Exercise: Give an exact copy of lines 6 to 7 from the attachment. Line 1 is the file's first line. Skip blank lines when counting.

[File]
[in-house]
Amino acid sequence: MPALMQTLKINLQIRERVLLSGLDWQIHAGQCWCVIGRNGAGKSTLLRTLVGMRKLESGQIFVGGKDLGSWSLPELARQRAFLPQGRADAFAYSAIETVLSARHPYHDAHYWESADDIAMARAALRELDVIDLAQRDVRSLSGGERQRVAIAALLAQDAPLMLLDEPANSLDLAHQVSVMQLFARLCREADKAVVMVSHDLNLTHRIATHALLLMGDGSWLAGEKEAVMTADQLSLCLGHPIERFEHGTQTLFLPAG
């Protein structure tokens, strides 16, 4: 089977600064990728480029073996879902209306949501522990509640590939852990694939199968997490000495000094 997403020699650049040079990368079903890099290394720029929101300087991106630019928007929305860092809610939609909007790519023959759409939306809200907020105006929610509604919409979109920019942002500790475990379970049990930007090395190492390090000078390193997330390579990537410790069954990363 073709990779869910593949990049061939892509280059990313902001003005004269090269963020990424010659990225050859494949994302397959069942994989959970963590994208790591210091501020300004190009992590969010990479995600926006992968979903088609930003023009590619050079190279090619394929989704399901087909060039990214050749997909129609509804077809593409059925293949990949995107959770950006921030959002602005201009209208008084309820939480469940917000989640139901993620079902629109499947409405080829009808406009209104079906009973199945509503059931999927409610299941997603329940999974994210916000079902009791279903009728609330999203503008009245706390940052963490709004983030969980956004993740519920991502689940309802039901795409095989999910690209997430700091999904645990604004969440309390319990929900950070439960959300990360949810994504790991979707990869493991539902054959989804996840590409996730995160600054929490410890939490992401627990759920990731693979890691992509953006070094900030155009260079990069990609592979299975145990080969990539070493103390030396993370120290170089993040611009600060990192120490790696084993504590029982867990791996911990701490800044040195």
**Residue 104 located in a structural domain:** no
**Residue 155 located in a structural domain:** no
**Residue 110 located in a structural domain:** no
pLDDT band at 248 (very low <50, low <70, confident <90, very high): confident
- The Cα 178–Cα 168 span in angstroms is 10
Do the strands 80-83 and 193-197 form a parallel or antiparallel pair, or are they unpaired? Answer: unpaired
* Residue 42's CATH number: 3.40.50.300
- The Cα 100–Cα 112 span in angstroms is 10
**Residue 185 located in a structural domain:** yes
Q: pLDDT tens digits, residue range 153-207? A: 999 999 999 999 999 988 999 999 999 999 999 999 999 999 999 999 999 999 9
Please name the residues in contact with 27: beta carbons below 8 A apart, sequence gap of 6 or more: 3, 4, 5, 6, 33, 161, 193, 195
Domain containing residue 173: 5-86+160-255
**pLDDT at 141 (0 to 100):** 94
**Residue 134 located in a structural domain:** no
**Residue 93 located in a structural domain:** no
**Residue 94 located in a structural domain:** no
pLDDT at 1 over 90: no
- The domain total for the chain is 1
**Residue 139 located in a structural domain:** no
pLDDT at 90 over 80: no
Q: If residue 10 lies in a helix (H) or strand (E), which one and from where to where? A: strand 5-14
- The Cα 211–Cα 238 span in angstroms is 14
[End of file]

**Residue 110 located in a structural domain:** no
pLDDT band at 248 (very low <50, low <70, confident <90, very high): confident